The start-up firm, which is led by chief executive and co-founder Dave Hughes, said it had secured new business across the aerospace, oil and gas, and energy sectors.
Hughes, who featured on a panel at the Boeing Innovation Forum in Glasgow earlier this month, said: “The team and I are really pleased to see our work in ultrasonics converting into sales with so many international industrial groups, including in the aerospace sector, and we look forward to a series of additional corporate milestone announcements over the coming weeks and months.”
Founded in 2018, the company is responsible for a patented thin-film manufacturing process, which is said to eliminate conventional limitations in ultrasound sensors. it underpins the firm’s non-destructive testing products - the Kelpie, Belenus, and Nebula.
The Kelpie sensor flexes, twists and bends to inspect difficult shapes and surfaces, the Belenus continually monitors corrosion at high temperatures, while the Nebula is a cloud-based platform that securely stores and reports client asset data.
Hughes said the onset of the pandemic had significantly increased demand for remote monitoring to advance safety and efficiency.
“It feels like we’ve seen about ten years of progress in the last 18 months alone,” he said. “The technology in the space hasn't really moved on much over the last few decades, and we’re now showing that we can move the dial and add significant value across a number of industry sectors.
“It’s also notable that Scotland is starting to build an ecosystem in remote sensors, and we’re proud to be part of the growing ‘Internet of Things’ scene here.”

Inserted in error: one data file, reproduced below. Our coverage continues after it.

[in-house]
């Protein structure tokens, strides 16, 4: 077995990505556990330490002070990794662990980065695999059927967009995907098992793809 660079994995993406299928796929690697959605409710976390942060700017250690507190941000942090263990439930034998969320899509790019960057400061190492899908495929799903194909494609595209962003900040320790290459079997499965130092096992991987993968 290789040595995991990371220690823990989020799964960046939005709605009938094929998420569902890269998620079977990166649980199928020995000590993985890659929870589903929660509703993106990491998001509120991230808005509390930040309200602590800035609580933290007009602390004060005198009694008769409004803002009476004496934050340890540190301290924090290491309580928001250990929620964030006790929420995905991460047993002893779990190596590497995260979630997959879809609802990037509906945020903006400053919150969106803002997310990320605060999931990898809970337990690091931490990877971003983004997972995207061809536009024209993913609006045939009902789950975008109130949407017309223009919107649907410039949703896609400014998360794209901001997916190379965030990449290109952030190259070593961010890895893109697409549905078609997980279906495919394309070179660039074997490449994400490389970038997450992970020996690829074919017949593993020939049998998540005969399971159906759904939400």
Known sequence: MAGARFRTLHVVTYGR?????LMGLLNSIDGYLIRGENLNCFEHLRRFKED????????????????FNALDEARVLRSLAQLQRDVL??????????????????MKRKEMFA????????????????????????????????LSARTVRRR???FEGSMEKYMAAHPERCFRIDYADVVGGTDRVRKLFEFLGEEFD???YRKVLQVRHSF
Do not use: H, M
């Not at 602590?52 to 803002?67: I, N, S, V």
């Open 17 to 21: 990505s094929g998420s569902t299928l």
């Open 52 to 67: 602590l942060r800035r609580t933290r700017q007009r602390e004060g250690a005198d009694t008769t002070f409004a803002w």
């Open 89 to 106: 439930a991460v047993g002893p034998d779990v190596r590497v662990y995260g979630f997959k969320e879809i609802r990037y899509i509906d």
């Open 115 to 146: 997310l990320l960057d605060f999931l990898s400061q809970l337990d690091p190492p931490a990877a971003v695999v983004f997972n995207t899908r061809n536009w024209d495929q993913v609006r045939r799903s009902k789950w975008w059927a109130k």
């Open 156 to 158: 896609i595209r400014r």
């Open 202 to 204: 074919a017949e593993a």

In April, the firm’s “knowledge transfer partnership” with the University of the West of Scotland was awarded the highest possible grade by Innovate UK, the UK’s innovation agency. Also in April, the company won its first major international award, for its Belenus product at the 2021 Materials Performance Corrosion Innovation of the Year Awards.
Last year, the firm appointed Derek Mathieson, former chief marketing and technology officer at Baker Hughes, as its chairman. Also in 2020, Novosound appointed former BGF investment director Duncan Macrae as chief financial officer.
Mathieson earned a PhD in micro electro-mechanical systems and a bachelor’s degree in electrical and electronic engineering from Heriot-Watt University in Edinburgh, and was awarded an honorary doctorate in engineering from the same institution.
In December 2019, Novosound, originally a spin-out from the University of the West of Scotland, secured a £3.3 million investment round led by private equity investment management firm Foresight Group (via the Foresight Williams Technology EIS Fund). Par Equity, Kelvin Capital, Gabriel Investments and Scottish Enterprise also participated in the funding round.
Mathieson said: “Novosound is already gaining traction with some of the world’s largest industrial brands, and the next phase of growth for the company will centre around continuing to scale operations, raising the profile of the business across global markets, and increasing sales.”